U.S. Sen. Angus King’s 2018 campaign targeted journalists and ordinary Mainers for censorship if their posts showed they were critical of the Senator or supported his opponents, Republican State Sen. Eric Brakey and socialist candidate Zak Ringelstein.
King’s office hasn’t commented so far on the revelations, which were first reported Saturday by independent journalist Matt Taibbi.
Taibbi, who is one of a handful of journalists given access to Twitter’s archives following Elon Musk’s acquisition of the company, reported on an Oct. 1, 2018 email in which Twitter employee Kevin Kane mentions a conversation with King’s campaign director.
“I spoke with the Campaign Director for Sen Angus King this morning, who provided a very large list (attached) of 354 suspicious Twitter accounts they have identified,” wrote Kane.
In addition to the Twitter accounts, the associated Excel spreadsheet includes hundreds of Facebook users and dozens of Facebook groups — a modern days enemies list.
That spreadsheet also reveals that King’s campaign was flagging Facebook users in an attempt to have content removed from the social media site that King didn’t like.
King’s push for censorship included hundreds of Twitter and Facebook users, and many of those users were permanently suspended from the platforms after King’s campaign staff flagged them as suspicious.
Facebook users who shared on commented on Brakey’s posts were flagged. According to the spreadsheet, King’s campaign sent this information to Facebook, and sometimes it succeeded in having the content removed.
Canada Free Press, an online news outlet with tens of thousands of followers, had their Facebook account flagged for writing an article about King comparing the 2016 presidential election to the 9-11 terrorist attacks. Caleb Hull, who at the time was writing political blogs, also made the enemies list.
King’s campaign didn’t just focus on Brakey and his conservative and libertarian followers.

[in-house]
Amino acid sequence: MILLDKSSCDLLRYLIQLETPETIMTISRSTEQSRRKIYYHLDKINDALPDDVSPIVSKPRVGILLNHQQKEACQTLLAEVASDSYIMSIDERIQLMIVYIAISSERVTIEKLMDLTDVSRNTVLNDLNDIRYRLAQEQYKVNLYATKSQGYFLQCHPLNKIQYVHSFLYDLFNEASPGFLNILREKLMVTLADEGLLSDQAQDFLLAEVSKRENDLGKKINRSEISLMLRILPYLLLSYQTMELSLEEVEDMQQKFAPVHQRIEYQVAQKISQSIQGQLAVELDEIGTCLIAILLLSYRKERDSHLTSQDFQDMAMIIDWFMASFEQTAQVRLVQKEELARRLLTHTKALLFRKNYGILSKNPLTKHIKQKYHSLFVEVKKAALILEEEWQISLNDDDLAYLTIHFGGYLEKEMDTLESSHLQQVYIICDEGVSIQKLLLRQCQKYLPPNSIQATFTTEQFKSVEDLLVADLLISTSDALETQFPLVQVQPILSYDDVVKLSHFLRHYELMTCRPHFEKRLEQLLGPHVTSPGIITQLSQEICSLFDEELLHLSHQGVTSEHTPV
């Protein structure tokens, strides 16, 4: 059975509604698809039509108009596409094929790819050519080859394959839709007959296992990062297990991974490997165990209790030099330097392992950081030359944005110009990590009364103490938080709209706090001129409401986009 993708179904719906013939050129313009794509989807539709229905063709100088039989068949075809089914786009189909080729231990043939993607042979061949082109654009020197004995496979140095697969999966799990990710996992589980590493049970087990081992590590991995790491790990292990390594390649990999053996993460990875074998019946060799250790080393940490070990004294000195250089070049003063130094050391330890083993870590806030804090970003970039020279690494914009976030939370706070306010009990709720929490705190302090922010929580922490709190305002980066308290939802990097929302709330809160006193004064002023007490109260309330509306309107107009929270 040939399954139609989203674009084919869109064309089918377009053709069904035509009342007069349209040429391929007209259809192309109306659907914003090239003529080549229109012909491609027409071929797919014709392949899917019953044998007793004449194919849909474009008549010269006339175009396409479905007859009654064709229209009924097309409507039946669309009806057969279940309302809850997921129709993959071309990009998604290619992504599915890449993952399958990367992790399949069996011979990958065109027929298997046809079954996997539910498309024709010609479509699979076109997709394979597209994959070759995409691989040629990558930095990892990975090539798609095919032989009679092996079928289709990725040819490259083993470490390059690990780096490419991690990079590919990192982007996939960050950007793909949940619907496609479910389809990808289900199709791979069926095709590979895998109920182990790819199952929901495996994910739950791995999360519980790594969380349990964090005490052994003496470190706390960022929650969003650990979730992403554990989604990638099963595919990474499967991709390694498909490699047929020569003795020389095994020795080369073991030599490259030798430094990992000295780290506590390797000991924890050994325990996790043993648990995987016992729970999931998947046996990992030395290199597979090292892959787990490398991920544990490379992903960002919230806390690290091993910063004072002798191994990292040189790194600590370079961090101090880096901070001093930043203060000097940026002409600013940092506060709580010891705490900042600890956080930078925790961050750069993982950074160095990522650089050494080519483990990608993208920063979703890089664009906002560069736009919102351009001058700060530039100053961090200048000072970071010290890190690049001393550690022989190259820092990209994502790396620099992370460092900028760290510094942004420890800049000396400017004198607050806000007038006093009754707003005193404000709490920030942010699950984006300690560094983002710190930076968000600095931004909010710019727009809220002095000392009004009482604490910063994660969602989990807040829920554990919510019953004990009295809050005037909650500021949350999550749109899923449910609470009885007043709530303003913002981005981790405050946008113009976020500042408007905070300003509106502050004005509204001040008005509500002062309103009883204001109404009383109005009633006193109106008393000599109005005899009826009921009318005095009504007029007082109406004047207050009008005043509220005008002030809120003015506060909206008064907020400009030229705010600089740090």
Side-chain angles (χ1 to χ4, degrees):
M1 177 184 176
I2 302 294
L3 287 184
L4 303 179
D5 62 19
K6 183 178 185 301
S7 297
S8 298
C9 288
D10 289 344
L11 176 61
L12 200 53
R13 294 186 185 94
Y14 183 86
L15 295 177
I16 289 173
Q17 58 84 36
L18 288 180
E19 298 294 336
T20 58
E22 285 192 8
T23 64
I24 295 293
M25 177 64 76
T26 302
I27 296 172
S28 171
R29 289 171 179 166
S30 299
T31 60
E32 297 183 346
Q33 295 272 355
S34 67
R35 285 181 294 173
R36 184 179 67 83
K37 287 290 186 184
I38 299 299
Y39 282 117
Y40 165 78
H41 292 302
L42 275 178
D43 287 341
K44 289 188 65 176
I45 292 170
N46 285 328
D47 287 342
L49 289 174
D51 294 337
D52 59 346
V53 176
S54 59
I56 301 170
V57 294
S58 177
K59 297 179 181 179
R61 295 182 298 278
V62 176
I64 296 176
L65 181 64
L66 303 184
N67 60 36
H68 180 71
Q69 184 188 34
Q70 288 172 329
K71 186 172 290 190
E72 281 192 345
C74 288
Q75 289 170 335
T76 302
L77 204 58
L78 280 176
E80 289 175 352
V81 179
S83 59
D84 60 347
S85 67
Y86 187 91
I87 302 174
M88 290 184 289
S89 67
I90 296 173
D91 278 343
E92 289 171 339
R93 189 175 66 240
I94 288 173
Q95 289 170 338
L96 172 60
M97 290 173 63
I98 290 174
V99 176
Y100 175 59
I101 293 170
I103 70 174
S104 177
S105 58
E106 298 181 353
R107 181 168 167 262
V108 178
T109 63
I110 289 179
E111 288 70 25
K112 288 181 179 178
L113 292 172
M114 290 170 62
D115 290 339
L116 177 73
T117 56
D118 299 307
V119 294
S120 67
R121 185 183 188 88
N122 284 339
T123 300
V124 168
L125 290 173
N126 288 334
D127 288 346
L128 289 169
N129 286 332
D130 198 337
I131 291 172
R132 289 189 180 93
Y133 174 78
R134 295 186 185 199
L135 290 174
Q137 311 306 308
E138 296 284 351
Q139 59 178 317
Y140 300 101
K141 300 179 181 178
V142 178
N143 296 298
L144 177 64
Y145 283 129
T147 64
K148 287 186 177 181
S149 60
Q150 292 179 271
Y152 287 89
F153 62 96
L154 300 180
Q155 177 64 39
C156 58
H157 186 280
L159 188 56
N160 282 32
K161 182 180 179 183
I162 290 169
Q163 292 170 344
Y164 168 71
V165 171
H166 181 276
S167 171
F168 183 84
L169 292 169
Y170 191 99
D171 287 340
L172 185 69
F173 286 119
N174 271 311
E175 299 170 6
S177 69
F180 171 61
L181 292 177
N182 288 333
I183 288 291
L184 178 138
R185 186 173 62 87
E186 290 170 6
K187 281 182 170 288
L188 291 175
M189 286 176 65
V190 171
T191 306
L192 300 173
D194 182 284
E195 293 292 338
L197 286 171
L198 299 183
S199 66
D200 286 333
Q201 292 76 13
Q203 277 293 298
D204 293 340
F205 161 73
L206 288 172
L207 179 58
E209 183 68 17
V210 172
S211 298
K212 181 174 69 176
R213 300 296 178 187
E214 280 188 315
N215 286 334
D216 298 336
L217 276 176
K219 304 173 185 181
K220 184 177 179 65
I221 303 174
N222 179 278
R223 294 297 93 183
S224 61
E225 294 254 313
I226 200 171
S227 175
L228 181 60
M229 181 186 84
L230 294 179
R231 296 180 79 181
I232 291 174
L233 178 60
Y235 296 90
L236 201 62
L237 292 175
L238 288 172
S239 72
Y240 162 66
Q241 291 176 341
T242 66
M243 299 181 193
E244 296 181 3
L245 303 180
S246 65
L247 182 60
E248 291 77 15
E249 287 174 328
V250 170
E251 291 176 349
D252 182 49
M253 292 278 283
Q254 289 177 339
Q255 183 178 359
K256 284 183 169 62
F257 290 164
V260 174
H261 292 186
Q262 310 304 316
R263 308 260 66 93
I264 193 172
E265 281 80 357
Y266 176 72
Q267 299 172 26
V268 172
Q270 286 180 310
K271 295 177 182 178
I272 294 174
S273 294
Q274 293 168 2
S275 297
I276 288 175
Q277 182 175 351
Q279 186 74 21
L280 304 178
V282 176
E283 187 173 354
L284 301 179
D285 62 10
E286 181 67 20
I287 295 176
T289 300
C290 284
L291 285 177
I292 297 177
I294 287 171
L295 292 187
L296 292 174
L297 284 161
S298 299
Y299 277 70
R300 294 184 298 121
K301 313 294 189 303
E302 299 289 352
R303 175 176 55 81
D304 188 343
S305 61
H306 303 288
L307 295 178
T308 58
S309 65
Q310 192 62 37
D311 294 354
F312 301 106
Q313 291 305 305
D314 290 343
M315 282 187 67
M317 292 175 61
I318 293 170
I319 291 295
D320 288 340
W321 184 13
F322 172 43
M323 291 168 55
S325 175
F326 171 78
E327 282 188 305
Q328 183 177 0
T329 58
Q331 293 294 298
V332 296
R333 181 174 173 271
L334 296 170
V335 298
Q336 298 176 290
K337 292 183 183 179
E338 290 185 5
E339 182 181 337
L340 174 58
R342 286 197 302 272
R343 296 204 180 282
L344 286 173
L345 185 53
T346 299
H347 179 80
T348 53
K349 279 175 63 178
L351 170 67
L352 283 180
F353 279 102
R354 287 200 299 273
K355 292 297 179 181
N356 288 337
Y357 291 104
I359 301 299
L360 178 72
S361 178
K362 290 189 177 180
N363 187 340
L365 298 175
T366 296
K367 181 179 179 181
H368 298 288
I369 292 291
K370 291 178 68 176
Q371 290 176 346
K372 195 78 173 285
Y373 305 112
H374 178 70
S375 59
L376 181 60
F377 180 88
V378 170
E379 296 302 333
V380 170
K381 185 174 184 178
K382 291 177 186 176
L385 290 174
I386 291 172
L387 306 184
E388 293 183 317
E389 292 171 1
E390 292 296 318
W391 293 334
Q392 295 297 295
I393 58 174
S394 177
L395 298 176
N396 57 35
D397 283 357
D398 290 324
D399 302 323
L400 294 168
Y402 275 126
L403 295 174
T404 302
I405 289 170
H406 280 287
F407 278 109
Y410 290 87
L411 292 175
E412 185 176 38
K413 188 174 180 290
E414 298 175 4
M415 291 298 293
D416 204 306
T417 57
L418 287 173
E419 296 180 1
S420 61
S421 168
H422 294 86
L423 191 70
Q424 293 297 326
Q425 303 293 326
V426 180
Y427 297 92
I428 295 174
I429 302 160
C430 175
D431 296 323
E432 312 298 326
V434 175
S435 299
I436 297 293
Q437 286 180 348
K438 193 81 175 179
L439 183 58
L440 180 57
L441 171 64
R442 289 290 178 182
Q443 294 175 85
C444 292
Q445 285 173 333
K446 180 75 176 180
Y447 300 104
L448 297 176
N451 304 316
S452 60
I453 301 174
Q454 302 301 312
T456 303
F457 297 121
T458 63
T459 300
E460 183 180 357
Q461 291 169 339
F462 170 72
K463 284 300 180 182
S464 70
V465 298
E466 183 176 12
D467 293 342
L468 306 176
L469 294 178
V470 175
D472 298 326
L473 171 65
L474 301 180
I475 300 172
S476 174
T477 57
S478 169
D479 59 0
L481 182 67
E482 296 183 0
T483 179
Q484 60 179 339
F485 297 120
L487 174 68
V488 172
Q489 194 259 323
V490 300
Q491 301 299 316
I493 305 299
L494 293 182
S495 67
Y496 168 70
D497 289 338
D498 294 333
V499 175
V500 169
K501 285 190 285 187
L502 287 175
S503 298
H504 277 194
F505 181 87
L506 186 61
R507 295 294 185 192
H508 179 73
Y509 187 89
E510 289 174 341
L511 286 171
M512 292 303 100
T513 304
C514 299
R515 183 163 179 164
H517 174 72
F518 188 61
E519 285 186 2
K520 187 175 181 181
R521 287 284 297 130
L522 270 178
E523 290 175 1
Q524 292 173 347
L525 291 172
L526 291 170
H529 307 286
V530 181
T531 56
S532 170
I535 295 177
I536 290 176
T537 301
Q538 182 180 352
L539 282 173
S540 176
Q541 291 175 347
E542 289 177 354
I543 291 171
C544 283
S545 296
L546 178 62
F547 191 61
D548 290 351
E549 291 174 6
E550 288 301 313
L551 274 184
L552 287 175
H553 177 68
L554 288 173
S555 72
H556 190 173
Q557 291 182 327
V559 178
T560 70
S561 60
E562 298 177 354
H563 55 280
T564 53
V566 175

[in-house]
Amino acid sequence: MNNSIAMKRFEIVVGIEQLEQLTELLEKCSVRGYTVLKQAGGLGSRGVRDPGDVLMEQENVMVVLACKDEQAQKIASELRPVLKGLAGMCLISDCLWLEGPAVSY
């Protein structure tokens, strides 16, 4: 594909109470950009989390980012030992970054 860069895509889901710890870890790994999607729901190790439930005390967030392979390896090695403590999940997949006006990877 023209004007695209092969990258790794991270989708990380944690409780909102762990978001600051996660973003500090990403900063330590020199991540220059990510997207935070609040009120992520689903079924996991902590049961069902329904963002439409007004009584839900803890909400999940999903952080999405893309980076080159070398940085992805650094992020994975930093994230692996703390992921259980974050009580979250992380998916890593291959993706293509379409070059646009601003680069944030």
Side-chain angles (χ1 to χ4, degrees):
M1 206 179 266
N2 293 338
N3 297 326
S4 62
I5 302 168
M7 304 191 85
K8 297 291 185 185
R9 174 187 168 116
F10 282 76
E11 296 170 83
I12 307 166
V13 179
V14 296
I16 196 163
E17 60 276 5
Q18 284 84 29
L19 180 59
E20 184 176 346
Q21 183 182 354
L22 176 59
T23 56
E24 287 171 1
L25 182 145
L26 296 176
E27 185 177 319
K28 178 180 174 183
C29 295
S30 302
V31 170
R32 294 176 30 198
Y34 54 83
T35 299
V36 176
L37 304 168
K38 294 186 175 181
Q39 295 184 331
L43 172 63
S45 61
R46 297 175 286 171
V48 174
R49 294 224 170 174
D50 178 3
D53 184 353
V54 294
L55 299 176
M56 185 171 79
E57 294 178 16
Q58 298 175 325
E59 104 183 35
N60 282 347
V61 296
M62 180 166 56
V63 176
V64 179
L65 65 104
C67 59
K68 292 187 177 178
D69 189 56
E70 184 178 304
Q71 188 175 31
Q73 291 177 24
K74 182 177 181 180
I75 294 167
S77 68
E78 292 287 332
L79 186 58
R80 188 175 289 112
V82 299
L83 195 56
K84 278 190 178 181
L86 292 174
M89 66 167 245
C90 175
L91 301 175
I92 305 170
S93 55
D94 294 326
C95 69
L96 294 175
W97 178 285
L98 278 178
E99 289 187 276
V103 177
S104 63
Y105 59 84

In the documents, King staffers also flagged any accounts that interacted with Zak Ringelstein, the candidate endorsed by the Democratic Socialists of America.
It’s unclear who exactly composed the document Taibbi posted. A spokesman for King declined to say whether the enemies list was prepared by taxpayer-funded staff in his Senate office or campaign staffers.
It’s also unclear what level of expertise the creators of the list had for determining whether a social media account was a bot or a human being.
In one instance, King’s staff flagged a Facebook user for censorship because the individual was a supporter of both Boston and New York sports teams and, according to the file, “No one is a Boston and New York sports fan.”
King’s censorship requests also targeted Facebook groups that spread conservative messages and post, including a group called “Elect Ted Cruz.” Many of those groups appear to have been deleted by Facebook.
King’s push to silence critics appears to have been more effective on Twitter. Dozens of accounts flagged in the document are now permanently suspended from the platform, including @MEGOPRESEARCH (a.k.a. Maine GOP Research), an account a King staffer described as “SO WEIRD.”
King’s team also flagged an account called @CSpanRAW, a joke account that tweets about American politics as if it were professional wrestling.
At least one account was flagged for supporting a hashtag campaign aimed at getting a presidential pardon for Ross Ulbricht, the jailed-for-life founder of the Silk Road.